Take plenty of bumpers for your boat as others typically don't bring enough for theirs.

Have plenty of line (rope).  You can never have too many lines for securing things and I'm always amazed at how many people show up (cough -rentals!) without a single one.

Bring at least one anchor.  Anderson Cove is wide and open and any significant wind (+5mph) can whip a group of boats around easily.  The big boats have big anchors, but they can't hold an entire line in a strong wind as the bottom of the cove is very silty and relatively shallow which makes it difficult for anchors to take hold.

Be helpful and patient with other boaters, the party cove has visiting boaters ranging in experience from beginner to expert, with all sorts in between.  A little courtesy can go a long way to keeping minor problems from becoming large headaches. Get acquainted with the boaters around you. Cooler heads prevail.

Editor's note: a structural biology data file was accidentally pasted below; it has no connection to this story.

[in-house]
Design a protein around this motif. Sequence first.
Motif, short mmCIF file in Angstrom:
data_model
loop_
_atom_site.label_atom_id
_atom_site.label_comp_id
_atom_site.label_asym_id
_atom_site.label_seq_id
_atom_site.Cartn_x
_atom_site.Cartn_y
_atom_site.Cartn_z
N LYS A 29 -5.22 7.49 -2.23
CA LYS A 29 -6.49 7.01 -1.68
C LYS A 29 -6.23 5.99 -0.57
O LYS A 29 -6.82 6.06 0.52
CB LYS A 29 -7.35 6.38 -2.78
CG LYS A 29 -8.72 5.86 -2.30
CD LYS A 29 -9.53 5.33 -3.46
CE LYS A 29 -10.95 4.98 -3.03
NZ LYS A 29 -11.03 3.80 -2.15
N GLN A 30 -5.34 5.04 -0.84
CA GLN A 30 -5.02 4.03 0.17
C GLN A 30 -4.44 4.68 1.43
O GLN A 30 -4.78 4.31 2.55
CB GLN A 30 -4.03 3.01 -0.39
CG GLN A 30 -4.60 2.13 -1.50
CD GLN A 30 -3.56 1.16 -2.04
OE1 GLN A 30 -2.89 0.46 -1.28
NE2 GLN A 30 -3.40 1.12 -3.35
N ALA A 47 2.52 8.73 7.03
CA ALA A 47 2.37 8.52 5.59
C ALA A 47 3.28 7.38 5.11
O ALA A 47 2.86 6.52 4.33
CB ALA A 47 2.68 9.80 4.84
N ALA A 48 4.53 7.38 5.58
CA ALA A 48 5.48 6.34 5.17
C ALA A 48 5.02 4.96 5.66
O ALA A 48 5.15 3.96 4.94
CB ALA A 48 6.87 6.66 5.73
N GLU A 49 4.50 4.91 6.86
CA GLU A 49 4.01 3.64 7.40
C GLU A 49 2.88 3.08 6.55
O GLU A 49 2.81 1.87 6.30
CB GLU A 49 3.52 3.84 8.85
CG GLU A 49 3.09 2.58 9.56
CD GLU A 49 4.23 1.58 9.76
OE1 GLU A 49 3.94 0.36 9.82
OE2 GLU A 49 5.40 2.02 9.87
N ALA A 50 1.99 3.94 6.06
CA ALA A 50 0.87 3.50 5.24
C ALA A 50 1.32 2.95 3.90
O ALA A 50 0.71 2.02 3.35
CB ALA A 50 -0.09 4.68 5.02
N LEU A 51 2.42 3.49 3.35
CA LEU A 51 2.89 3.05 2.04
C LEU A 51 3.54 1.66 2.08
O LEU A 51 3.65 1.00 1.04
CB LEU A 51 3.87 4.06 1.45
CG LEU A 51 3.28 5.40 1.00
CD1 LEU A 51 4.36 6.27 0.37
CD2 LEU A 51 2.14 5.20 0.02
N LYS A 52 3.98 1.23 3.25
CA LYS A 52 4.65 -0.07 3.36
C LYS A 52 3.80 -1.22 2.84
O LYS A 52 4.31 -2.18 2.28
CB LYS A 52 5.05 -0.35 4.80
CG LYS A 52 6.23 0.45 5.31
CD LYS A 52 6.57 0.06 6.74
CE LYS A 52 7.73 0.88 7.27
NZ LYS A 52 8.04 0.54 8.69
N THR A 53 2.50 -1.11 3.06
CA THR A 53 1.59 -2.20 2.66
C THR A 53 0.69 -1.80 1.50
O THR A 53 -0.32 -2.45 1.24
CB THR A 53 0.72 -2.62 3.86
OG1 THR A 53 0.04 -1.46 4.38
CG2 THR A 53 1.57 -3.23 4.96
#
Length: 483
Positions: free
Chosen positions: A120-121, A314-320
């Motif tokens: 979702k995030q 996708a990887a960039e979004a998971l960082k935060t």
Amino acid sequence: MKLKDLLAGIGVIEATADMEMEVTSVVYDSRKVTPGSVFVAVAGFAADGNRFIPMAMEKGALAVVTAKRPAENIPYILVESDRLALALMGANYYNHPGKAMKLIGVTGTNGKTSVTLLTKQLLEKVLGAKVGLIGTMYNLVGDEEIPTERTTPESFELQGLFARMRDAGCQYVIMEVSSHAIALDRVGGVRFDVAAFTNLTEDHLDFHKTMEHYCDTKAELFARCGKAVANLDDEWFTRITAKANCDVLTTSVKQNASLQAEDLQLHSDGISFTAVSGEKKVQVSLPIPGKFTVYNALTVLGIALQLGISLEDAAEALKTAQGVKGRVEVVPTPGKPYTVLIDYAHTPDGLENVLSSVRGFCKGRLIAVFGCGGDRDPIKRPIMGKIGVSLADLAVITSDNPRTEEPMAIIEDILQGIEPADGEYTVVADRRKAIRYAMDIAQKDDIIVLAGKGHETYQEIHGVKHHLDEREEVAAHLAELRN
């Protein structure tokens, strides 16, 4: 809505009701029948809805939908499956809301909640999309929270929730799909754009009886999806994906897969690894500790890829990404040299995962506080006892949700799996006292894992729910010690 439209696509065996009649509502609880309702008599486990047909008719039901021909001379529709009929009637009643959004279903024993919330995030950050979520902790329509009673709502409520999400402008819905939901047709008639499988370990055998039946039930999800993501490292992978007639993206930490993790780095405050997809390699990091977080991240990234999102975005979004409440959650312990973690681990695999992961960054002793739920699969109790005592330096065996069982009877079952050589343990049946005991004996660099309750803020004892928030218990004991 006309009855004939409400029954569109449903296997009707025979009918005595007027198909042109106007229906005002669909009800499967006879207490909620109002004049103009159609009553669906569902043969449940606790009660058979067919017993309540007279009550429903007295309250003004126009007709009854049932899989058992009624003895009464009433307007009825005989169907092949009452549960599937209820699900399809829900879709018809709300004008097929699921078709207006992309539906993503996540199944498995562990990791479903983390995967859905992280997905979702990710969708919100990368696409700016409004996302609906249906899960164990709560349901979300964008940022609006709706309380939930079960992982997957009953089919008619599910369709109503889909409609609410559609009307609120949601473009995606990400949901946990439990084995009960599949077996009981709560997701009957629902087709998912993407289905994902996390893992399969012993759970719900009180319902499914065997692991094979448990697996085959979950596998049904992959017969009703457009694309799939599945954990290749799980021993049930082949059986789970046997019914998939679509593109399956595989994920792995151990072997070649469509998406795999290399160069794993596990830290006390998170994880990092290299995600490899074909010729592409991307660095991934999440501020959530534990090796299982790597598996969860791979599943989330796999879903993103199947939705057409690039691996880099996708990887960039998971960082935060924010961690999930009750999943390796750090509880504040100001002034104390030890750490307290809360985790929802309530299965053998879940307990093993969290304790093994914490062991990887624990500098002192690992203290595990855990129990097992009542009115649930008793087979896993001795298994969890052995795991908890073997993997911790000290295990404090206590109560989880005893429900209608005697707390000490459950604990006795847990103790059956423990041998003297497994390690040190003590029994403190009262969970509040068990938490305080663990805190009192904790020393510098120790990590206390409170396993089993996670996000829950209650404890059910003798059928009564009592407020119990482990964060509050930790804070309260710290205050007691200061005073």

Don't stray too far from your boat and have an exit strategy. It's amazing when I see boat owners disappear for hours on end leaving people on their boat who don't have a clue what to do if an issue arises. With so many boats tied together one boaters problem can soon become everyone's problem. A sudden storm, or an anchor that suddenly breaks loose can strain lines, and many times you may find it is simply safer to untie from the group rather than fight to keep it together. That's hard to do without a captain at least nearby.

Be respectful of other people's property.  Sound advice in all areas of life, but take care of the boats next to you, and they'll do the same.  It's a boating thing.


Stay away from aluminum pontoon boats, and don't tie up to one unless you're in one yourself. Trust me on this one. I'm not disrespecting pontoon boats, I like them actually and will probably own one someday, but there aren't enough bumpers in the world to protect fiberglass from the sharp edge of a piece of aluminum.